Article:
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Public Health Advocacy Institute

at Northeastern University School of Law

360 Huntington Avenue, 117CU

Boston, MA 02115


You are here: Home > Tobacco Control > Laws of New York > Adolescent Tobacco Use Prevention Act

Adolescent Tobacco Use Prevention Act


New York’s Adolescent Tobacco Use Prevention Act (ATUPA) regulates the sale of tobacco products with the goal of restricting access by youth and young adults. The law defines “tobacco product” to include cigarettes, cigars, bidis, chewing tobacco and powdered tobacco, and also covers herbal cigarettes, gutkashishasmoking paraphernalia, liquid nicotine, vapor products, and electronic cigarettes. ATUPA separately defines “electronic cigarette” and “vapor product,” and both terms include non-nicotine products unless otherwise specified. ATUPA prohibits the sale of tobacco products to persons under 21 years old and further restricts the in-person and online distribution and sale of tobacco products, as detailed below.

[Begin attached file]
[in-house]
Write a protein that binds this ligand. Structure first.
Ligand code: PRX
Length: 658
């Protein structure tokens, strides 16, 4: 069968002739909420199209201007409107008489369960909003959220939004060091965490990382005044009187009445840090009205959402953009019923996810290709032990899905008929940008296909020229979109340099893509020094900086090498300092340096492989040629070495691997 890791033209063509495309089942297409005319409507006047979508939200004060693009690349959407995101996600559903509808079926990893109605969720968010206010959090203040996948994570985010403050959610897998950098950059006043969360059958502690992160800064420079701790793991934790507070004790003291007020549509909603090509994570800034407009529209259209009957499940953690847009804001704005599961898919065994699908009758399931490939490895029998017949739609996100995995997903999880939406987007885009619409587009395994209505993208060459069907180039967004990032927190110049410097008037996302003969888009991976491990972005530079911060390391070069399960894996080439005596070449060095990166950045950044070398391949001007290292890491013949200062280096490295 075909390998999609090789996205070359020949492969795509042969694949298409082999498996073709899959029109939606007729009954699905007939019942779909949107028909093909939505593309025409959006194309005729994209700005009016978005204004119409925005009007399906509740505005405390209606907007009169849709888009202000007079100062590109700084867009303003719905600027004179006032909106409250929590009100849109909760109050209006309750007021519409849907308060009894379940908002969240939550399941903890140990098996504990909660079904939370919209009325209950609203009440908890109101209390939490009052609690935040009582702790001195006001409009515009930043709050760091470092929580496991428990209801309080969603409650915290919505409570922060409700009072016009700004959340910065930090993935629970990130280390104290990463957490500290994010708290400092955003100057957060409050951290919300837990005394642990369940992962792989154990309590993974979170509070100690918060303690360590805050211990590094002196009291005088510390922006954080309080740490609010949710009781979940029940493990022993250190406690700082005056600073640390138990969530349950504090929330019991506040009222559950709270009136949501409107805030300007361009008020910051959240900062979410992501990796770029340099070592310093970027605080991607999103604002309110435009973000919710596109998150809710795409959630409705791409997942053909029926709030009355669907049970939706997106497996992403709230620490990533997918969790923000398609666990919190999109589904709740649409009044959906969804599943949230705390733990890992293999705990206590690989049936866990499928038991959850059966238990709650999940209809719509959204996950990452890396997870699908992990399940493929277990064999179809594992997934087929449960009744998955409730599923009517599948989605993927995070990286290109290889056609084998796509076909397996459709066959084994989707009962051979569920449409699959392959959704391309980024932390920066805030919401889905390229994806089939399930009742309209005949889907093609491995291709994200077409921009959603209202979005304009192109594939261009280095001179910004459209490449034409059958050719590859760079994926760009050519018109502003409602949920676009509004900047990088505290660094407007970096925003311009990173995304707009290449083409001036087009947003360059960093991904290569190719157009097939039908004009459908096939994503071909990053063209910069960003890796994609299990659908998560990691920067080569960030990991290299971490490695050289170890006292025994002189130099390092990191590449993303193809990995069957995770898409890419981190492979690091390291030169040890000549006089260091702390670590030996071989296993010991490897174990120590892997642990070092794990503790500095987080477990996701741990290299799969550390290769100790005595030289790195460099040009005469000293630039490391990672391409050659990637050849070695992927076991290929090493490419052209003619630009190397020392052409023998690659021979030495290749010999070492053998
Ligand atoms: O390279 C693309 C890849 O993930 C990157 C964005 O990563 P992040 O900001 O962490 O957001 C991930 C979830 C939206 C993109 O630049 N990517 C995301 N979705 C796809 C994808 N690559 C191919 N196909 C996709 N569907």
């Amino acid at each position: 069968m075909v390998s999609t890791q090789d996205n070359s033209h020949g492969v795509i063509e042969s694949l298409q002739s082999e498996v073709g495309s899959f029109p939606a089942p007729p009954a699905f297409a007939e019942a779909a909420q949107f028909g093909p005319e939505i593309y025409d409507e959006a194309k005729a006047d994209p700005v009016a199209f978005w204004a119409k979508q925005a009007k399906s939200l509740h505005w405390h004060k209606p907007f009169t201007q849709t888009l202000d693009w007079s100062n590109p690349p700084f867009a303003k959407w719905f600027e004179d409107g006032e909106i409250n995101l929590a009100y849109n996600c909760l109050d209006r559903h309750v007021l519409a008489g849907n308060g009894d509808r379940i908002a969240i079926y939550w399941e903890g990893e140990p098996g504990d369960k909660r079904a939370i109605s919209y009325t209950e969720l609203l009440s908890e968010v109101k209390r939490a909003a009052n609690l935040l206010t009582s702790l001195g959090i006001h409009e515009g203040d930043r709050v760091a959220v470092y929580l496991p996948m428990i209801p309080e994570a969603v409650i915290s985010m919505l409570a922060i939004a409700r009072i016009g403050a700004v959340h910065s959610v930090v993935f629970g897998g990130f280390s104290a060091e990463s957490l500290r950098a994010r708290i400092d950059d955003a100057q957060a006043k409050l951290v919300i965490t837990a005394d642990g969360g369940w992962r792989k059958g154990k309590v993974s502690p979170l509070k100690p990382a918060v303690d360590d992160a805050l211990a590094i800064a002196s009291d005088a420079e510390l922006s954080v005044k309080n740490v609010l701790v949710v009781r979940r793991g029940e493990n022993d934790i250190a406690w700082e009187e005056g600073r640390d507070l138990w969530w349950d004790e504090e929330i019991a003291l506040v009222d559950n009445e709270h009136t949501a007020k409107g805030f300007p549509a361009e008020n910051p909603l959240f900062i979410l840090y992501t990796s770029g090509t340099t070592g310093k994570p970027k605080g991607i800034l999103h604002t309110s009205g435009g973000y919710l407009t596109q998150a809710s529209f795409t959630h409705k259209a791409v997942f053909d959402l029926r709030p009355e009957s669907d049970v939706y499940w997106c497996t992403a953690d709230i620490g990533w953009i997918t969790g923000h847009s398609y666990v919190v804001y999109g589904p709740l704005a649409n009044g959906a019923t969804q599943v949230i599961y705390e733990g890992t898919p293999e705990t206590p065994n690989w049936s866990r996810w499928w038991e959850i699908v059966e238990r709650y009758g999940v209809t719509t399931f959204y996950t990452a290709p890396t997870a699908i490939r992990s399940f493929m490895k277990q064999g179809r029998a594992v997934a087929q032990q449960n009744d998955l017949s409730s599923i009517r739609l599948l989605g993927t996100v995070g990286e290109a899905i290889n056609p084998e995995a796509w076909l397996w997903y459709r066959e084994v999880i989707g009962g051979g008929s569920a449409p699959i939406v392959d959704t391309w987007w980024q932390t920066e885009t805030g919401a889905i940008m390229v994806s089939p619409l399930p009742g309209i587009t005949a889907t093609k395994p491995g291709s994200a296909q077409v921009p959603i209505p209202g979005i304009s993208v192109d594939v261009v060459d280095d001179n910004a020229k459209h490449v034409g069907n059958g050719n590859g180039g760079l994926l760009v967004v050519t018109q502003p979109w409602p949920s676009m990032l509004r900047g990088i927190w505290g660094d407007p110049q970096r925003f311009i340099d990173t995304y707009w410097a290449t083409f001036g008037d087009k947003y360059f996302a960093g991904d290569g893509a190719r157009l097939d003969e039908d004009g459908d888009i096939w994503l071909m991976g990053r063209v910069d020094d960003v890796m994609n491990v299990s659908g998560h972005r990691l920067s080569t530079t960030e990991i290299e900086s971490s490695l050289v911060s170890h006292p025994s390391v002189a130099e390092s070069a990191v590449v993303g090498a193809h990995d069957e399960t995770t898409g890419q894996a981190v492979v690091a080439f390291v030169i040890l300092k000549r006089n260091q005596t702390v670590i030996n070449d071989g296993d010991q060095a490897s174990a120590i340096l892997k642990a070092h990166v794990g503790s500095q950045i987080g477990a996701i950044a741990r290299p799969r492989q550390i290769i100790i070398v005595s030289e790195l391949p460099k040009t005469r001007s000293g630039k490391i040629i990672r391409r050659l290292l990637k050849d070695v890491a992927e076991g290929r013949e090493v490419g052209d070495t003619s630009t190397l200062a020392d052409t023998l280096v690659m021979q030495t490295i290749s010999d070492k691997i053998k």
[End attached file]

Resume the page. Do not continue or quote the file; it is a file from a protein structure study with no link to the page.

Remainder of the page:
Who Enforces ATUPA?

County boards of health or health departments typically enforce ATUPA. In counties without a board of health, county legislators or the county’s board of supervisors must designate and charge a county officer with enforcement. Enforcement Officers are agents and entities designated to enforce tobacco product use and sales regulations and hold hearings to determine whether an ATUPA violation has occurred. Officers make periodic visits to businesses that sell regulated products to ensure compliance with public health laws. These compliance visits can include staging an attempt by persons under 21 to buy ATUPA-restricted products.

How Does ATUPA Restrict Access to Tobacco Products?

Sales Restrictions on Tobacco Products, Electronic Cigarettes, Herbal Cigarettes, Rolling Papers, Shisha, or Smoking Paraphernalia

  • Retailers must store these products either in a locked container or behind the counter in an area accessible only to store employees.
  • Retail pharmacies may not sell tobacco products, nicotine vapor products, nor herbal cigarettes.
  • Retailers in New York State may not sell a flavored nicotine vapor product, other than in tobacco flavor, if the product has not received sales authorization from FDA.